Archive for the ‘The Clutha’ Category

Being homeless is like living in a post-apocalyptic world. You’re on the outskirts of society. (Frank Dillane)

May 25, 2017

And so dear listener, this will be a short blog as it has been on several occasions before – ranging from the day after the Clutha tragedy through to Charlie Hebdo. Much has already been said and I’m not long since from watching the Queen visiting Manchester hospitals through to a SKY News corr telling us the latest word from MI6 and 5 about the latest terrorist threat.

Nor will I say yet again, why oh why does the egotism of politicians mean that we get involved in regime change in places like Libya and Iraq without thinking through the consequences? That’s why reading books is good.

So nothing this week about my job interview, my first walk with Holly the dog for some time and some really happy smiley Communion pics.

Instead two things;

One, ever since Hillsborough and Bradford Park Avenue many of us have been fearful about leaving a venue; not cos of a bomb threat but because it can be so difficult to get out. I’ve not been to Cappielow, for example, for some time but at one point away fans (unless you were Old Firm fans and you needed space to let off flares) were stuck in a pokey, wee stand with two enclosed narrow stairways which, if someone was coming up the way, you could not get down.

The fear was always fire and as new venues developed with large concourses and proper sized exits, that fear disappeared. Slowly. There can still be bottlenecks at the end of a game or a gig or a film but these are fewer. e and aj came to a Thistle game at the start of last season and leaving the Jackie Husband stand is much easier than the North Stand but there’s not feeling of panic. No feeling of bombs.

But in a world where an Islamic State terrorist is willing to join mums and dads picking up kids from an Ariane Grande concert before detonating a bomb, then anywhere is a target – even more than before.

Secondly, there’s been lots of headlines and social media praise for ‘homeless heroes’ helping the wounded and injured and I know people are well-meaning, but what would you expect them to do? Ask for spare change from the ambulance crews?

I work (part-time, paid) in a project which offers supported accommodation to the homeless in order to get them ready for a new tenancy. They can get used to all sorts of things, including living in their own room and other communal facilities, getting proper benefits, and support to find work. Some have various issues and we do what we can to help there.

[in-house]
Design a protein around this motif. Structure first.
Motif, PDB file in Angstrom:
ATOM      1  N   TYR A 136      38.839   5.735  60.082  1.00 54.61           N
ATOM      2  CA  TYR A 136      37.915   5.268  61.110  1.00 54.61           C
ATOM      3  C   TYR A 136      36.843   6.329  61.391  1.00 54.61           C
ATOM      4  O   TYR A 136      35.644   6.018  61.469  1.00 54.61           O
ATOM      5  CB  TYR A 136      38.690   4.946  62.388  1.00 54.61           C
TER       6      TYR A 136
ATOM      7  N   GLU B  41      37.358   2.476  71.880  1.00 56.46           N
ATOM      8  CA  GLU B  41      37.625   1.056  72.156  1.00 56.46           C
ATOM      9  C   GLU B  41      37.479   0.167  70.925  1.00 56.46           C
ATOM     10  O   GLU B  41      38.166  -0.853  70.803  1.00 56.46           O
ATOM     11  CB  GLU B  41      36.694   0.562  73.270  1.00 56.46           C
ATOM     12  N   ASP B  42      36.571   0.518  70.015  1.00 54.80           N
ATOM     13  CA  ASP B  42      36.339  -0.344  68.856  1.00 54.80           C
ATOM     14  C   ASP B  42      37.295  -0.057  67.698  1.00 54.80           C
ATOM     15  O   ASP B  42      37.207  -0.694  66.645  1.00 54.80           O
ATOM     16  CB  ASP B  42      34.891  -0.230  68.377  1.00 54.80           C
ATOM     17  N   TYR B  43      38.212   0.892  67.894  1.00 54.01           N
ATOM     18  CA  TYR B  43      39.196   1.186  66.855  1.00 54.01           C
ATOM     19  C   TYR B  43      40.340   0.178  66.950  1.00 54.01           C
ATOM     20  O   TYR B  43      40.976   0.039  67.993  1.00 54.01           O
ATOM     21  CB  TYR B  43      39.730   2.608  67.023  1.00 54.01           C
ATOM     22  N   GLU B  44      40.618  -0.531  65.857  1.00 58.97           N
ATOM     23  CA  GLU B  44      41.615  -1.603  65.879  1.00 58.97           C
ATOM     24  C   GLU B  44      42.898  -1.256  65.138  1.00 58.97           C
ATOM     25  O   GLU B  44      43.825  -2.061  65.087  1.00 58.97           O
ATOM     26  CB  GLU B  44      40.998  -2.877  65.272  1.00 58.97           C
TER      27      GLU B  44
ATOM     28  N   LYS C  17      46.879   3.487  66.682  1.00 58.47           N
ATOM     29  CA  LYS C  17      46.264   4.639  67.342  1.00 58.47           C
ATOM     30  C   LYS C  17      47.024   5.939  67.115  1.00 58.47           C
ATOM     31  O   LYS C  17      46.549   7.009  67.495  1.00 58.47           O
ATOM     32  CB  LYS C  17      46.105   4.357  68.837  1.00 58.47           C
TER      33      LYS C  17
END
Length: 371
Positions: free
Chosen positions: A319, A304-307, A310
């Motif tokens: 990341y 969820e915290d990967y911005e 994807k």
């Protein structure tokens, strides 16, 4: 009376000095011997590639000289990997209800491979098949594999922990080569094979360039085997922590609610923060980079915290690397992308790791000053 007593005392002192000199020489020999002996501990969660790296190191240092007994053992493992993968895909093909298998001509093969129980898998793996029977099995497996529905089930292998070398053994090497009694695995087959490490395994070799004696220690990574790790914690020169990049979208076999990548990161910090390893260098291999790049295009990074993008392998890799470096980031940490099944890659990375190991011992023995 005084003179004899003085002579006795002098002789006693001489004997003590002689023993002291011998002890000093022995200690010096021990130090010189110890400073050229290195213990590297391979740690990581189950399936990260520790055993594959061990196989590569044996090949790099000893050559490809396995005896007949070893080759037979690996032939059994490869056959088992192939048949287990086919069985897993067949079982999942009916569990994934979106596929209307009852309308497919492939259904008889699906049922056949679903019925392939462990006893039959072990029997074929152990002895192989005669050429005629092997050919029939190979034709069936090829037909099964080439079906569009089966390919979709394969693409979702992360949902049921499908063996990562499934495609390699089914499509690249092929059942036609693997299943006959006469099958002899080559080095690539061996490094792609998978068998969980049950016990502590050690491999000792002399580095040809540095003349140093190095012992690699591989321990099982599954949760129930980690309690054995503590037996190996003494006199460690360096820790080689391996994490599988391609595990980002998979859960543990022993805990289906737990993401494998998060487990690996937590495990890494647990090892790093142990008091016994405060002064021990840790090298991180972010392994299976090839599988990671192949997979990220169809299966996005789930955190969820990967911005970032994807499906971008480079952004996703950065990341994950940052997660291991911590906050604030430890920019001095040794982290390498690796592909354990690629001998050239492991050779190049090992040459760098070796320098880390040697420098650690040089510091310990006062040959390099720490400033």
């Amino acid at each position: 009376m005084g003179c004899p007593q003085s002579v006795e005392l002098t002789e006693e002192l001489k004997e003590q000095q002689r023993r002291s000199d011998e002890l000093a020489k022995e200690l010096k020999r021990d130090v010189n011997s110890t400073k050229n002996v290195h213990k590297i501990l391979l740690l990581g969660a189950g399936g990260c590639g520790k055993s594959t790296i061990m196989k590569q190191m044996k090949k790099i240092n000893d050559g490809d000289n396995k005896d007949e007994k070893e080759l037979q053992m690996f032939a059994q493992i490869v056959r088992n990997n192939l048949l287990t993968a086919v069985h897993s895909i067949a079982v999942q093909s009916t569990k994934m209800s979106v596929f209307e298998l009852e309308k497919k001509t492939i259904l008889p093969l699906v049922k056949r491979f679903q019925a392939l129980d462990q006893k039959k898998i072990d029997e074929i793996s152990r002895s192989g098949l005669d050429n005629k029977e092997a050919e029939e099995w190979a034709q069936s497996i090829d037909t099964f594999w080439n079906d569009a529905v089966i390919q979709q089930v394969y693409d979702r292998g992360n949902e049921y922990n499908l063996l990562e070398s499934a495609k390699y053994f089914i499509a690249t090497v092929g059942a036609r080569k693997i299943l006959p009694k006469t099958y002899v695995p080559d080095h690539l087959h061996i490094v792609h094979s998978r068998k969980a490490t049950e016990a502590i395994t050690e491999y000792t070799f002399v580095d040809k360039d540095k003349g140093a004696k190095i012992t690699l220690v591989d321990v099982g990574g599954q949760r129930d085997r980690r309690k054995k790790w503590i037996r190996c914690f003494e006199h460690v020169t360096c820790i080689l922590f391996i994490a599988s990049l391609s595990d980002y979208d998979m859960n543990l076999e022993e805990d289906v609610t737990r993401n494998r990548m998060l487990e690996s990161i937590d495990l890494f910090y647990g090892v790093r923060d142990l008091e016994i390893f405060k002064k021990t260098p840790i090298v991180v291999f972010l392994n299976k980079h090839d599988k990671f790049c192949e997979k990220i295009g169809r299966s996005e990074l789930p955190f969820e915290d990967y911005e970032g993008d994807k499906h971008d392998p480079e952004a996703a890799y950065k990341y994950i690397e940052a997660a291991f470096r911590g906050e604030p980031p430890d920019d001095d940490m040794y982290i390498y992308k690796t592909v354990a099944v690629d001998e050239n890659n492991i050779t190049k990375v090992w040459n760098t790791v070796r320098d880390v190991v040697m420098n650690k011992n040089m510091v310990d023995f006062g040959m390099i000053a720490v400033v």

Some make it; some don’t but at no time do we forget that these are people with feelings like you and me.

Maybe if I’d been there and helped, the headline could have started with ‘ex-alkie’……..

Or if my downward spiral hadn’t been stopped with so much help from professionals, friends and family, then maybe, ‘homeless’ would have applied to me.

Sticks and stones may break my bones, but stereotyping can be a real bummer.


This is Stone Roses and did I ever tell you that I got drunk once with Ian Brown?



Nobody expects on a Friday night for a helicopter to crash on top of a pub (Alistair Hay, the Scottish Fire and Rescue Service)

December 1, 2013

And so dear listener, there is not much I’m going to say today.

There is a sadness hanging over my adopted home city. There’s not much I can say.

Obviously I had things I was going to write about including post-graduation stuff, the assault course I was supposed to be going on and why it didn’t happen and so on but today they’re not relevant.

Yes, I do write about death and similar but the deaths caused by substance abuse and cancer tend to be slow – other than those that happen as a result of cold turkey. The deaths the other night (including the people on the helicopter) were sudden and unexpected and in a manner we have known, I think, only once before in Glasgow – a city which is not unused to sudden deaths.

The way in which I heard the news was not unusual these days. I woke just after seven, looked at my phone and deleted the Groupon messages and so on and noticed activity on Facebook…….this was people talking about the incident. I immediately switched on BBC Radio Scotland and got……a pre-recorded programme about the outdoors. Why was it not dropped and replaced by a live programme?…….questions can be asked later but the fact was that I went downstairs and switched on the BBC News Channel controlled by London and saw BBC Scotland news people doing a smashing job. It’s a difficult moment for journalists because the basic story has been and gone and all you can do is re-tell and react.

I think I’ve now gone off the notion of a Scottish Broadcasting Service…….maybe some people at Pacific Quay can only get aroused when it’s the Commonwealth Games……anyway….I’m told coverage improved later. Laura Vickers and Aileen Clarke and their production teams played a blinder.

I was impressed at the quality of interviewee and their participation in the rescue; Jim Murphy being asked about blood on his shirt; a retired fireworker helping his colleagues to get in; the rescued who came back the next day to find friends; the pub manager who switched off the gas; the stories not just of survival but of helping others to survive; and the quiet but truly emotional words from the various political leaders and the rescue services.

Neither the Clutha nor the Scotia were pubs I frequented but they are both important in the folklore, history and legend that is Glasgow.

One may be no more. It is a sad day for Glasgow but one from which hope springs eternal. There may be more in the form of a legacy from this horrible event than there is from any other event happening next year.

Let Glasgow Flourish by the Teaching of Thy Word